Bloggers are just sophisticated lizards, a species of human chameleons with the ability to change our skins. We are - apparently - the very essence of slithering anonymity. Some silently scream, others inundate with bells and whistles, most just want to have their say.
While it may be true that the African lizard of whom I speak is reported to have a projectile tongue - yet another resemblance to those of us who daily spit verbiage online - I'm beginning to appreciate the more beautiful aspects of my fellow bloggers. The world - according to Mimi - is becoming a much smaller place.
At the click of my mouse I may find any sort of neighbor a half a world away or inconspicuously hiding (like our lizard friend) just around the corner, down the street, in my house, in my head. I have come to appreciate the complex world of blogging as a good thing, freedom of expression as a sacred journey, voyeurism at its best. Strip down the commercial mongers and we might just have something quite amazing.
My neighbors reside just through the next-blog door and sometimes, what I find, rocks my world. As it should. Mothers post pictures of newborns like shining constellations of another chameleon variety, sassy teenagers with music blaring and life pouring from every word (they're writing! YES!), thoughtful clergy with souls to save, Red Hat Ladies sipping green tea and teaching yoga, a soldier in Iraq, or the worried face of a mother trying to get her children out of Lebanon. My neighborhood is full of simple joys and extraordinary pain.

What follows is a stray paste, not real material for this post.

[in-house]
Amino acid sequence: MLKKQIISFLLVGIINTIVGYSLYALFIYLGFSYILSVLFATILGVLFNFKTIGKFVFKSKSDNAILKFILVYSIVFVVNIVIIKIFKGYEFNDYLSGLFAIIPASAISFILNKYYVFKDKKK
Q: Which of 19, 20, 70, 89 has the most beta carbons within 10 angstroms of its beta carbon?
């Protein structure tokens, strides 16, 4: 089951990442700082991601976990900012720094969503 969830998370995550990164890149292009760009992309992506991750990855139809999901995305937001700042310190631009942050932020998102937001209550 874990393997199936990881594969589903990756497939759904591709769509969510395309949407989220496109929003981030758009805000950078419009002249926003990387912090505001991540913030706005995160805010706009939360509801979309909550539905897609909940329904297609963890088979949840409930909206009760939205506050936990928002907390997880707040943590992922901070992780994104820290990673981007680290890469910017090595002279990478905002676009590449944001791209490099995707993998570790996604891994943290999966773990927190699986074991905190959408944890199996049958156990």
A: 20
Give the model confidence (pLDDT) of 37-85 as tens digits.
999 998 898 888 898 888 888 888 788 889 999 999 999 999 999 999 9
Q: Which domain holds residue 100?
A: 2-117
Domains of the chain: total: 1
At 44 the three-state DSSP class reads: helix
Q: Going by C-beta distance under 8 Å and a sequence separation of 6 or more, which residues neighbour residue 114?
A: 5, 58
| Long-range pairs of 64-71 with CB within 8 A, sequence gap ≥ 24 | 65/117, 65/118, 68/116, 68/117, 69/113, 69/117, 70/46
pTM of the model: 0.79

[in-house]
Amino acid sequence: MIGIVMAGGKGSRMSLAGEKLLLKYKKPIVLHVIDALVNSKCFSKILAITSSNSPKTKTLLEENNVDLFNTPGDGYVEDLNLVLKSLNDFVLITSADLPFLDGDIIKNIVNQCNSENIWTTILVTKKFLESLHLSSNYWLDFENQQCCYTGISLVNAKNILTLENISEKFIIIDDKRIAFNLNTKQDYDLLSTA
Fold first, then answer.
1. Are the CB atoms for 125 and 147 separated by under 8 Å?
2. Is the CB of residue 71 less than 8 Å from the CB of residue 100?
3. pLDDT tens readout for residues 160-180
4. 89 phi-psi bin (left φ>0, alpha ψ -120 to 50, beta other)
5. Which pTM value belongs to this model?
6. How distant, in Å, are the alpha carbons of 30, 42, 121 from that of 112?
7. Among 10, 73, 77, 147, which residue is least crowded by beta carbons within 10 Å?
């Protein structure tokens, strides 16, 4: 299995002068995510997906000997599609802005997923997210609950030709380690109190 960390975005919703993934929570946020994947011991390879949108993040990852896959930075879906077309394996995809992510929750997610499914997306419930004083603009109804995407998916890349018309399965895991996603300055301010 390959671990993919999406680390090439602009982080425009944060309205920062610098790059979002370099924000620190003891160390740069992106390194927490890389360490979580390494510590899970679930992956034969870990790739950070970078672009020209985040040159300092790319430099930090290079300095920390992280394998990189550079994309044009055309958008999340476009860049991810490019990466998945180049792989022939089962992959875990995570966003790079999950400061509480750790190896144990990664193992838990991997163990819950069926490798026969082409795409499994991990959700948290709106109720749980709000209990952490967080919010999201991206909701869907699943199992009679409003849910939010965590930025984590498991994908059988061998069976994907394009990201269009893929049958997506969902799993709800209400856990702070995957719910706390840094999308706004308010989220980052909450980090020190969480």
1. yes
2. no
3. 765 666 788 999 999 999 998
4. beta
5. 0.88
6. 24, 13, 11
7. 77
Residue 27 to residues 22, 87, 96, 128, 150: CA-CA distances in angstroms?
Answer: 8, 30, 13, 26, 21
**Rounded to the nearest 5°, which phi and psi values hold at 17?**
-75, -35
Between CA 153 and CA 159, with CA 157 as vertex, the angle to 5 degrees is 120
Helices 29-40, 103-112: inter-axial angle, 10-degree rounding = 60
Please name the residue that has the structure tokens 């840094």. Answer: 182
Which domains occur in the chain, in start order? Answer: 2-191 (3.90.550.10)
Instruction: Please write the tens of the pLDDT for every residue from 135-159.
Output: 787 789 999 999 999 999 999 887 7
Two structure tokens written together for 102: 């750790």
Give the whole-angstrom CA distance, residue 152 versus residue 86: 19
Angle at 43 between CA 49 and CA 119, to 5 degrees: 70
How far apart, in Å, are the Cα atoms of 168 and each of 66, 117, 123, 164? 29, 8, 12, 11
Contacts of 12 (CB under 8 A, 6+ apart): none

But what I like about blogging is this: even when I have to skip to the other side of the sidewalk to dodge propaganda and self-serving neighbors, there is always another story - "a person of real" I like to call them, someone who is writing from a place of courage and self-discovery. For just a bit, I can step into their life and read and feel what once was reserved for laboriously censored print or diaries locked tight in secrecy. A dialogue has begun - strangers asking each other not only to understand my difference and viewpoint - but also, "Come on in! Sit down a spell and tell me what you think. I may not always agree, but the simple truth is - I could use the company."
And that, my friends, is well worth the price of admission.